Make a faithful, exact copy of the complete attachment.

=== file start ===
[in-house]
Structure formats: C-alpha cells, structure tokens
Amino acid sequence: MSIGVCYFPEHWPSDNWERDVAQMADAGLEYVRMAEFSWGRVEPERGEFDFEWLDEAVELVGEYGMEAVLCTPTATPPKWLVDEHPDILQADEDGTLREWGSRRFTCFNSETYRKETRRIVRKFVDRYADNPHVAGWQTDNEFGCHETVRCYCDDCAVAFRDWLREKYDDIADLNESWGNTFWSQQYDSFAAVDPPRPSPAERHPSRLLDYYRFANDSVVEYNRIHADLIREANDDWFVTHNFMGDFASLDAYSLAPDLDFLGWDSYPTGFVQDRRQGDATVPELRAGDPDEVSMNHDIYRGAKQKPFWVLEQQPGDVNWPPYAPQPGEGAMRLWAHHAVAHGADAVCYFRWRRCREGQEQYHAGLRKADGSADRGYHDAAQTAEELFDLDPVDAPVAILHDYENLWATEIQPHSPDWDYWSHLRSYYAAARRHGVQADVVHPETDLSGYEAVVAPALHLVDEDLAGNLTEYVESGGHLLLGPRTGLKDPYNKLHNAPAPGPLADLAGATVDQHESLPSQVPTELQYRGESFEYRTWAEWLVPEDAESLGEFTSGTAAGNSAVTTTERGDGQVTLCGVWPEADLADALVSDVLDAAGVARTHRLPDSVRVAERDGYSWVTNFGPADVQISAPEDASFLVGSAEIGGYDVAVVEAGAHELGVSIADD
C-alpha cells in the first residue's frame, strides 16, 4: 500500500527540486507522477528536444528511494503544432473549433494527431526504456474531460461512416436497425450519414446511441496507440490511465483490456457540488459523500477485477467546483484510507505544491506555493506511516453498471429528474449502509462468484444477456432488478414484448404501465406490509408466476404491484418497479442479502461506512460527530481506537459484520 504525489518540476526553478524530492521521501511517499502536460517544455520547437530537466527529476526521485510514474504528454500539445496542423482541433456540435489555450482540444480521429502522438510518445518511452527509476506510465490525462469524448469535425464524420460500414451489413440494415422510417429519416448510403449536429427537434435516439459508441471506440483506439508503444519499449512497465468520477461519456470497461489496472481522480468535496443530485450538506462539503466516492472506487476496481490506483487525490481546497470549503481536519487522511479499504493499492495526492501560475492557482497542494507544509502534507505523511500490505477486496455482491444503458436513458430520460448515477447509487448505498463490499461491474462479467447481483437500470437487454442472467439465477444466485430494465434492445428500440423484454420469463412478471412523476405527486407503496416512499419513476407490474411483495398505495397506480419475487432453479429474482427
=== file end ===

[in-house]
Structure formats: C-alpha cells, structure tokens
Amino acid sequence: MSIGVCYFPEHWPSDNWERDVAQMADAGLEYVRMAEFSWGRVEPERGEFDFEWLDEAVELVGEYGMEAVLCTPTATPPKWLVDEHPDILQADEDGTLREWGSRRFTCFNSETYRKETRRIVRKFVDRYADNPHVAGWQTDNEFGCHETVRCYCDDCAVAFRDWLREKYDDIADLNESWGNTFWSQQYDSFAAVDPPRPSPAERHPSRLLDYYRFANDSVVEYNRIHADLIREANDDWFVTHNFMGDFASLDAYSLAPDLDFLGWDSYPTGFVQDRRQGDATVPELRAGDPDEVSMNHDIYRGAKQKPFWVLEQQPGDVNWPPYAPQPGEGAMRLWAHHAVAHGADAVCYFRWRRCREGQEQYHAGLRKADGSADRGYHDAAQTAEELFDLDPVDAPVAILHDYENLWATEIQPHSPDWDYWSHLRSYYAAARRHGVQADVVHPETDLSGYEAVVAPALHLVDEDLAGNLTEYVESGGHLLLGPRTGLKDPYNKLHNAPAPGPLADLAGATVDQHESLPSQVPTELQYRGESFEYRTWAEWLVPEDAESLGEFTSGTAAGNSAVTTTERGDGQVTLCGVWPEADLADALVSDVLDAAGVARTHRLPDSVRVAERDGYSWVTNFGPADVQISAPEDASFLVGSAEIGGYDVAVVEAGAHELGVSIADD
C-alpha cells in the first residue's frame, strides 16, 4: 500500500527540486507522477528536444528511494503544432473549433494527431526504456474531460461512416436497425450519414446511441496507440490511465483490456457540488459523500477485477467546483484510507505544491506555493506511516453498471429528474449502509462468484444477456432488478414484448404501465406490509408466476404491484418497479442479502461506512460527530481506537459484520 504525489518540476526553478524530492521521501511517499502536460517544455520547437530537466527529476526521485510514474504528454500539445496542423482541433456540435489555450482540444480521429502522438510518445518511452527509476506510465490525462469524448469535425464524420460500414451489413440494415422510417429519416448510403449536429427537434435516439459508441471506440483506439508503444519499449512497465468520477461519456470497461489496472481522480468535496443530485450538506462539503466516492472506487476496481490506483487525490481546497470549503481536519487522511479499504493499492495526492501560475492557482497542494507544509502534507505523511500490505477486496455482491444503458436513458430520460448515477447509487448505498463490499461491474462479467447481483437500470437487454442472467439465477444466485430494465434492445428500440423484454420469463412478471412523476405527486407503496416512499419513476407490474411483495398505495397506480419475487432453479429474482427